Friday, 11 September 2009

L.T.D. ”Gittin’ Down”


Gittin’ Down
( LP A&M Records, 1974 )
Catalog # SP-3660

A1 Don’t Lose Your Cool (2:44)
Written-By – Henry E. Davis, Jeffrey Osborne
A2 Groove For A Little While (3:21)
Written-By – Jeffrey Osborne
A3 Your Love Is The Answer (2:53)
Written-By – Jeffrey Osborne, James Davis
A4 Eldorado Joe (4:21)
Written-By – Henry E. Davis
A5 Tryin’ To Find A Way (3:04)
Written-By – Billy Osborne
A6 Ain’t No Way (2:47)
Written-By – Billy Osborne, Jeffrey Osborne
B1 It’s You (3:04)
Written-By – Lorenzo Carnegie
B2 Look In My Eyes (3:17)
Written-By – Abraham J. Miller, J , James Davis
B3 Churn Baby Churn (3:00)
Written-By – Abraham J. Miller, Jr.
B4 Sweet Thang (2:35)
Written-By – Carle Vickers , Jeffrey Osborne
B5 You Can Be Free (5:17)
Written-By – Jake Riley, James Davis

Personnel & Credits:
Bass, Guitar, Celeste, Percussion – Henry Davis
Congas, Bongos, Percussion – Pondaza Santiel
Drums, Vocals [Lead, Background], Percussion, Piano – Jeffrey Osborne
Engineer – Norm Kinney , Tommy Vicari
Engineer [Assistant] – Dave Iveland, Milt Calice
Executive Producer – Jerry Butler
Mastered By – Bernie Grundman
Piano [Acoustic, Electric], Clavinet, Synthesizer,
Harpsichord, Vocals [Lead, Background] – Jimmie Davis
Piano [Acoustic], Clavinet, Organ, Synthesizer, Drums, Percussion, Vocals
[Lead, Background], Keyboards – Billy Osborne
Saxophone [Baritone, Alto] – Tobie “Big Horny” Wynn
Saxophone [Tenor, Alto] – Lorenzo “Blow Daddy” Carnegie
Saxophone [Tenor], Vocals [Background, Lead],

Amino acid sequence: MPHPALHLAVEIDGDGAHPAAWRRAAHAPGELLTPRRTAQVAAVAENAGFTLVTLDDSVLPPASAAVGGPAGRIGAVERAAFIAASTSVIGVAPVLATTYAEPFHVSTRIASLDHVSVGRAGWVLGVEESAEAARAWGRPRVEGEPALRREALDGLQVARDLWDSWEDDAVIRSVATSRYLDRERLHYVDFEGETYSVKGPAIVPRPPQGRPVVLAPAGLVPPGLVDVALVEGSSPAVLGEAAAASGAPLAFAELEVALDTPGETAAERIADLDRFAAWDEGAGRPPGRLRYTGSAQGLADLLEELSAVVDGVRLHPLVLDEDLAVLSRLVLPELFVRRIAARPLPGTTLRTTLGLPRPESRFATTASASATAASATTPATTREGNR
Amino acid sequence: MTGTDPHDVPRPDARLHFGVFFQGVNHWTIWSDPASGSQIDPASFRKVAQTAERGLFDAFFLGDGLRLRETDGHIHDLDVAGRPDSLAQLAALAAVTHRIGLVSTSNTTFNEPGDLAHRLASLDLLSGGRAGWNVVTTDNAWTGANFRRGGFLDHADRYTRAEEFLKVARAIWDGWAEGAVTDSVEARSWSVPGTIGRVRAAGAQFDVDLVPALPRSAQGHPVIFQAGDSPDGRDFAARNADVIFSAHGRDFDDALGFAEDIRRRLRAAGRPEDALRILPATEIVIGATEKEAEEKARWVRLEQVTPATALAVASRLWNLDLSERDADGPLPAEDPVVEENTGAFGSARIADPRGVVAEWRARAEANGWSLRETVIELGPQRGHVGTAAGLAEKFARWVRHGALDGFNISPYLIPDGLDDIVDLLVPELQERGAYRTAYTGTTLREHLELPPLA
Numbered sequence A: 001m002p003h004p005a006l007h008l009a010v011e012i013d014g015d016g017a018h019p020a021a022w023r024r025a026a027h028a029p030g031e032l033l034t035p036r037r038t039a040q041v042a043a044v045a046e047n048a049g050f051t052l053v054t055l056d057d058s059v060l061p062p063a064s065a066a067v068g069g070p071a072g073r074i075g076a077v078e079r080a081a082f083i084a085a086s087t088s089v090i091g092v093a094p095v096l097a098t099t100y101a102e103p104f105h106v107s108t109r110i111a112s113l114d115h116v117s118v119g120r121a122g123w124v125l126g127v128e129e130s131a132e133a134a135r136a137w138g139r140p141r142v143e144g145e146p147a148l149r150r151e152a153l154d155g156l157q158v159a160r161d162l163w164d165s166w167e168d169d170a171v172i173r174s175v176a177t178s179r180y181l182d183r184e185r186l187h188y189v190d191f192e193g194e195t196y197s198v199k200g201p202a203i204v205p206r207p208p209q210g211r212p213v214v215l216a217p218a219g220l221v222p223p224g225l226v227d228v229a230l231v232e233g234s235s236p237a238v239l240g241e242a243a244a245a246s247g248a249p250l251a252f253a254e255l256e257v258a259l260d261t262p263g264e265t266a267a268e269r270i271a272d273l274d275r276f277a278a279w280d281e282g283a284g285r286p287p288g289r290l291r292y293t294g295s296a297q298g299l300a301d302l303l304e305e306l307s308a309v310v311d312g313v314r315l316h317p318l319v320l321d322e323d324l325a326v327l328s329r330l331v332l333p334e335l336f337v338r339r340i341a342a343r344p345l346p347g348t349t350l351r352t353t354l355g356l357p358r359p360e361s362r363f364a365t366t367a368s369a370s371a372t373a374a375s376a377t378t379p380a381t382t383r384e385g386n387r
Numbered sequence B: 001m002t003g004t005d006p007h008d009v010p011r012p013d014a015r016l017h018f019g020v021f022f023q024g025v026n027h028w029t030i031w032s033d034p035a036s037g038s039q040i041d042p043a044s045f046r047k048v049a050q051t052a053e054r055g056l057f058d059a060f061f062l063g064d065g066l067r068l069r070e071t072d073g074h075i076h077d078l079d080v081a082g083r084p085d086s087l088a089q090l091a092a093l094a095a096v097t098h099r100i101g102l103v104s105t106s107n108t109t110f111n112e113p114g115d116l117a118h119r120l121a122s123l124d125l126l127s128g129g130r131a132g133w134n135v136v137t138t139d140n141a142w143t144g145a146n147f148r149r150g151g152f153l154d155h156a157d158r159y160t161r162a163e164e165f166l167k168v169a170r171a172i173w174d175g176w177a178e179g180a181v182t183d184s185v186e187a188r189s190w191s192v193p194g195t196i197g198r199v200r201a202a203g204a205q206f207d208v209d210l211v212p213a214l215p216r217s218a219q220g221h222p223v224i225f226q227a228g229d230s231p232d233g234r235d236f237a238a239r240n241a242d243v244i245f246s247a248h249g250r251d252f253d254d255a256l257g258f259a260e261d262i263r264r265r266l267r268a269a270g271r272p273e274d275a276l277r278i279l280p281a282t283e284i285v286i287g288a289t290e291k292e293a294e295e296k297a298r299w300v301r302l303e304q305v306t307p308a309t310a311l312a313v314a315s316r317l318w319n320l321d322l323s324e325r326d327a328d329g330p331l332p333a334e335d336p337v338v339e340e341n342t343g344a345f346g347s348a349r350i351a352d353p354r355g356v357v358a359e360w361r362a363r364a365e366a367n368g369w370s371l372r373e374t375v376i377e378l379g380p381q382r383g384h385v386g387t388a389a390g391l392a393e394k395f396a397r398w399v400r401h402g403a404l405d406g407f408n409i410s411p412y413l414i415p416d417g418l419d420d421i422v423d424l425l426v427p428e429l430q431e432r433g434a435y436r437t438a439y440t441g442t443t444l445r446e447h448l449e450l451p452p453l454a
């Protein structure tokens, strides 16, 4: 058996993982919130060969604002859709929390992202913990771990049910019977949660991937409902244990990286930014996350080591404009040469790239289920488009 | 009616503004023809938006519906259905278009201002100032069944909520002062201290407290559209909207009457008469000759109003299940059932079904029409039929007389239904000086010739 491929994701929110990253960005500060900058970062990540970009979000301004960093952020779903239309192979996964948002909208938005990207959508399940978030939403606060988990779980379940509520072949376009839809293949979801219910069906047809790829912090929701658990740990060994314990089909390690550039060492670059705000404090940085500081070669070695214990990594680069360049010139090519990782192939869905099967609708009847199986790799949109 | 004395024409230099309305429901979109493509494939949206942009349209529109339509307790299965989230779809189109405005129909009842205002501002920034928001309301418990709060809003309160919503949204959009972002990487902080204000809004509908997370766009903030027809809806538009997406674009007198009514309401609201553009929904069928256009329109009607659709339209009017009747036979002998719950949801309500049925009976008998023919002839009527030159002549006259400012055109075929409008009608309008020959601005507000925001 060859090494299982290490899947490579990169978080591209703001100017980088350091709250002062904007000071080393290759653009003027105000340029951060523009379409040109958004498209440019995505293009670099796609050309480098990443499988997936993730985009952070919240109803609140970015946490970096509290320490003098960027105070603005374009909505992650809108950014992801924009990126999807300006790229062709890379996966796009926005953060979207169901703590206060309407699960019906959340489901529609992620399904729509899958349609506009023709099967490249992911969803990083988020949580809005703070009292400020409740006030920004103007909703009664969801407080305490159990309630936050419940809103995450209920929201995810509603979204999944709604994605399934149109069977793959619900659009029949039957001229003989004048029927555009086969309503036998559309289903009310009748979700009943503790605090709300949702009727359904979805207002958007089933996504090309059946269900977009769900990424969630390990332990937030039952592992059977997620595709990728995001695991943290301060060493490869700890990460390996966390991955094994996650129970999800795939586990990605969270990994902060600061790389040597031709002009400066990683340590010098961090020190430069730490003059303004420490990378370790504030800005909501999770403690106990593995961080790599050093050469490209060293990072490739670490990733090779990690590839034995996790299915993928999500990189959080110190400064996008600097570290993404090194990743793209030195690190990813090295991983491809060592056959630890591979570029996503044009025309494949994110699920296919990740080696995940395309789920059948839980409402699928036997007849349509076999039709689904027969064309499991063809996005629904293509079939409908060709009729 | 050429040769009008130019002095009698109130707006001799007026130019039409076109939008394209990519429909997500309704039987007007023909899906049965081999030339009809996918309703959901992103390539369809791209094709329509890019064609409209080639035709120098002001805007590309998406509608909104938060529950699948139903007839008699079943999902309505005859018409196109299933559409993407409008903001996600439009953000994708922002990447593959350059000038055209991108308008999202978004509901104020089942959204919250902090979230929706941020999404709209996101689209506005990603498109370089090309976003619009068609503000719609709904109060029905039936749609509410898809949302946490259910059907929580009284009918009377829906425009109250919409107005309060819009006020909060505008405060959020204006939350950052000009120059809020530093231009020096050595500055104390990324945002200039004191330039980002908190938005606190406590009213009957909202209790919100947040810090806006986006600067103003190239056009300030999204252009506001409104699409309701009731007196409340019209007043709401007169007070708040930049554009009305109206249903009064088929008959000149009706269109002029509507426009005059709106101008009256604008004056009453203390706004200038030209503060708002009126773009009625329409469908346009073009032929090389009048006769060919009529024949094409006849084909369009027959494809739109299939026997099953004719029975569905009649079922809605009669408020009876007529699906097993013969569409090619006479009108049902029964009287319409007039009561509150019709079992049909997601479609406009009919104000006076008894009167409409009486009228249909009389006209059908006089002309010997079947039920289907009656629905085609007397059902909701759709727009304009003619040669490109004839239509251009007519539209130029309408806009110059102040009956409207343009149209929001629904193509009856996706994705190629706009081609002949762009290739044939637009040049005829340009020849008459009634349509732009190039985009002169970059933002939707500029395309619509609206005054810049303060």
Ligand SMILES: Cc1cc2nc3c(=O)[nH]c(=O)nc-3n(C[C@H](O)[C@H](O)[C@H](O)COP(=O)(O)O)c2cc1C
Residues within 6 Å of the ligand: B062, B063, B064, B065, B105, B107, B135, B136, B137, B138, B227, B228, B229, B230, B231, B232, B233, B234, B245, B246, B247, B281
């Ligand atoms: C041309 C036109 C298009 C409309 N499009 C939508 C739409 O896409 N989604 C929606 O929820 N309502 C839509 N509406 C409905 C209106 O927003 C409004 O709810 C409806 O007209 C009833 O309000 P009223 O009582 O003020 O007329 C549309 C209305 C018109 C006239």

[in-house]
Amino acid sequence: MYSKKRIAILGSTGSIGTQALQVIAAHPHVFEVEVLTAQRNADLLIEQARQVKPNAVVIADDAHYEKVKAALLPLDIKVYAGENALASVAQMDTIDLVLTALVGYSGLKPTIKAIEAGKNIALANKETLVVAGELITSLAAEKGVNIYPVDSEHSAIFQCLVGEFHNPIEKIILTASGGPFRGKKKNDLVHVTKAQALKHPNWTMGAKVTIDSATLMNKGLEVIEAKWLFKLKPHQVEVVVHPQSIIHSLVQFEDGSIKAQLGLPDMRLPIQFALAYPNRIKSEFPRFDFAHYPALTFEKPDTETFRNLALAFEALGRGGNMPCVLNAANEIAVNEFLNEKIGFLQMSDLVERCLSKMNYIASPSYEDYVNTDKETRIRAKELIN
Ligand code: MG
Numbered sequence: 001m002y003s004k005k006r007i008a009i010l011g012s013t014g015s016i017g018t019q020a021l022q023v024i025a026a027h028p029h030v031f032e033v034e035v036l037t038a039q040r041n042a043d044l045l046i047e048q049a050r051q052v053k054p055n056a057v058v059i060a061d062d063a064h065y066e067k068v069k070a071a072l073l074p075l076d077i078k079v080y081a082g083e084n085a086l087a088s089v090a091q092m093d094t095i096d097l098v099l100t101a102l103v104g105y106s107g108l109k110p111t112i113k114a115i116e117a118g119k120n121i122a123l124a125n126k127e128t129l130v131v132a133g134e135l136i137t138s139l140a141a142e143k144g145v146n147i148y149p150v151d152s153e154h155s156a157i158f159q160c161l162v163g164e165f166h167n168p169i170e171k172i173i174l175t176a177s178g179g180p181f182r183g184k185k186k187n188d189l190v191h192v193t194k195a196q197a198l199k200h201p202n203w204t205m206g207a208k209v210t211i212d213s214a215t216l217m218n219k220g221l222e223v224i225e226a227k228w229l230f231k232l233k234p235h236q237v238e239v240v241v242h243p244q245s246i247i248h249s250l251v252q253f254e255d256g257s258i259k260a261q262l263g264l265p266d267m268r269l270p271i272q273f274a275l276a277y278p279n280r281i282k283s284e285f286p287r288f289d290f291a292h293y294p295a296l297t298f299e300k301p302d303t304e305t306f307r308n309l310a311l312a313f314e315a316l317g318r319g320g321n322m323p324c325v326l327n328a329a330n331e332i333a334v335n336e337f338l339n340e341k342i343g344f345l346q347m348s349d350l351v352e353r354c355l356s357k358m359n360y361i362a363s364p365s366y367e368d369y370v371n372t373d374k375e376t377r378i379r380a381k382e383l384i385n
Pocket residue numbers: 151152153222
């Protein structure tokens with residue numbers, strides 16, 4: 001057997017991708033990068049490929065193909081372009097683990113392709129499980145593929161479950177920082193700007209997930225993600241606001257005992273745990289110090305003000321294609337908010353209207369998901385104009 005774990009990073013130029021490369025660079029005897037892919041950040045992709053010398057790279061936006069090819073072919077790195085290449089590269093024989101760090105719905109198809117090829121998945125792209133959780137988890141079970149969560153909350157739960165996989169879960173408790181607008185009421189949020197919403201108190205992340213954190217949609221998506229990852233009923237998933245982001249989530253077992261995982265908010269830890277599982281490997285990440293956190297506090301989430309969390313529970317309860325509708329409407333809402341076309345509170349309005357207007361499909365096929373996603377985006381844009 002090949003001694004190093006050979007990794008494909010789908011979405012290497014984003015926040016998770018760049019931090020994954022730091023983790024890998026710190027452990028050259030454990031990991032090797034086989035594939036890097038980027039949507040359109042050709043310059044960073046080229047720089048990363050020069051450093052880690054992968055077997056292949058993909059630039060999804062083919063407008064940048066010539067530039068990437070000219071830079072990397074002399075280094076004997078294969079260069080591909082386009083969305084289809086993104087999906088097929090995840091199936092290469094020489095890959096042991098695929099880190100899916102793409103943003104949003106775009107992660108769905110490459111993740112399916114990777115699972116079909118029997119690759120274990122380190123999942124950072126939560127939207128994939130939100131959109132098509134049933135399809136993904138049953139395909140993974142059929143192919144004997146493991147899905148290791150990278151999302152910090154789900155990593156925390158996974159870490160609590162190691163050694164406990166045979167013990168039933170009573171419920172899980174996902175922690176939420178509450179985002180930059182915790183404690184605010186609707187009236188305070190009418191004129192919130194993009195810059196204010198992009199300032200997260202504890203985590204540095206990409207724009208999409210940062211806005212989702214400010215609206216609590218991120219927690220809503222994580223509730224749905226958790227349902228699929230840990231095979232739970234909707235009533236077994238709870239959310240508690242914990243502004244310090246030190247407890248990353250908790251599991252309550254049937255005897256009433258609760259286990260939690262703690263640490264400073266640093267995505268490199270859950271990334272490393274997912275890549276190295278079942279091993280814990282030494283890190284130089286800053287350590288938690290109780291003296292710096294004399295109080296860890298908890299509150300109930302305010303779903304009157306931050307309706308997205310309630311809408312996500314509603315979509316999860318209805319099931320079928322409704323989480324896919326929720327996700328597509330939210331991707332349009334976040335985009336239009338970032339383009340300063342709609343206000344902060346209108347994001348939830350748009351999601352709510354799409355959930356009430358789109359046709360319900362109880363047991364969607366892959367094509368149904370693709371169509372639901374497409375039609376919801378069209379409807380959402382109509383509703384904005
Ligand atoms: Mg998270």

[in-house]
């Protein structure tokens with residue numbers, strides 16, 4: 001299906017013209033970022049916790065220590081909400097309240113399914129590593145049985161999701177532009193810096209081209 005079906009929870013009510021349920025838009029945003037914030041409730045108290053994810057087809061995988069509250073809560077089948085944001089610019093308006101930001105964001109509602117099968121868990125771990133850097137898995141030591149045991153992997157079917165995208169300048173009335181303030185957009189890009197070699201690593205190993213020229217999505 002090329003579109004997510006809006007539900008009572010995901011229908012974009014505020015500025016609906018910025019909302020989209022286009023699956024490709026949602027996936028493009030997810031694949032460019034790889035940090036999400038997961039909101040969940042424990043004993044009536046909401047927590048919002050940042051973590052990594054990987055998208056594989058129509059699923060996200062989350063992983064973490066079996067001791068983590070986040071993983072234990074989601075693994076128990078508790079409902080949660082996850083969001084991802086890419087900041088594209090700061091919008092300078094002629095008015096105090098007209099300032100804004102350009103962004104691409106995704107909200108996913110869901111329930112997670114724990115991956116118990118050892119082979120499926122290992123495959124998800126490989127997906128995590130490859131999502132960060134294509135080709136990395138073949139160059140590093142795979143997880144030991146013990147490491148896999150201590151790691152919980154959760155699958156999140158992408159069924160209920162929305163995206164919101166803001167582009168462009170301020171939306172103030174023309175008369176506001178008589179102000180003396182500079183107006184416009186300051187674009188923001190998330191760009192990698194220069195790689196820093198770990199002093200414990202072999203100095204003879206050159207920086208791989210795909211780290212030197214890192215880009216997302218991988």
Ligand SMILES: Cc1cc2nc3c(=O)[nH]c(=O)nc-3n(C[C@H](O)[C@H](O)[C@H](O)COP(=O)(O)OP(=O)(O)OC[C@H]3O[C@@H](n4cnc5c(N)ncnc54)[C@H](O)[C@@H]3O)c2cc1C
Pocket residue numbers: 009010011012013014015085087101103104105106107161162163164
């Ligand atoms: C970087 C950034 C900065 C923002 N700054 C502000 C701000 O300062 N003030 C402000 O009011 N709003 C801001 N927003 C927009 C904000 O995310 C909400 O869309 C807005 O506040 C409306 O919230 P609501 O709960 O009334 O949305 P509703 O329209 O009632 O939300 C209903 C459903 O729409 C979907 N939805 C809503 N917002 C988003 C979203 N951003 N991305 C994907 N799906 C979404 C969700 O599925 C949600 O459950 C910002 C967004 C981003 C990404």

Percussion – Abraham J. “Onion” Miller Jr.
Trombone, Percussion – Jake Riley
Trumpet, Saxophone [Soprano], Backing Vocals – Carle Vickers

Recorded at A&M Records
Mixed at Sound Labs, Inc.
Format:Vinyl, LP

L.T.D.’s second album, Gittin’ Down, was the calm before the storm. In 1976, the band exploded commercially with its third album, Love to the World, and the smash hit “Love Ballad.” But when Jeffrey Osborne and friends recorded this LP in 1974, they were still struggling. Like L.T.D.’s first album, Love, Togetherness & Devotion, this sophomore release was a commercial flop. Nonetheless, A&M saw L.T.D.’s potential, and even though Gittin’ Down isn’t fantastic, it’s generally decent (if uneven). In 1974, some of the pieces were in place for L.T.D. — Osborne was an impressive lead singer (although he only handles about half of Gittin’ Down’s lead vocals), and the band is as comfortable with tough, gritty funk (”Eldorado Joe,” “Don’t Lose Your Cool”) as it is with ballads (”Tryin’ to Find a Way”). L.T.D. had an appealing, recognizable sound in 1974; what it needed was material that was excellent instead of merely decent — and that didn’t come until 1976. Gittin’ Down isn’t among L.T.D.’s essential releases; there is no reason why a casual listener would choose this album over classics like Love to the World, Something to Love, and Togetherness. Nonetheless, hardcore collectors and R&B historians will find the record interesting despite its imperfections.
By Alex Henderson (AMG)

By Pier


Anonymous said...


Bill said...

Hi Pier and all at MFS,
THANKS for the invite, good luck with the new venture and THANKS for all the GREAT stuff so far. Long may MFS reign!!

xensma said...

hey pier,hey mfs!
thanx for the invite,i am glad to be a (small part) of the thing.maybe i may contribute to something? what about the "love togetherness devotion" lp,their first effort?i don't remember it on the old mfs blog.

JAZZYPIER ♪ said...

OK Xensma send a drop! Very thanks man!

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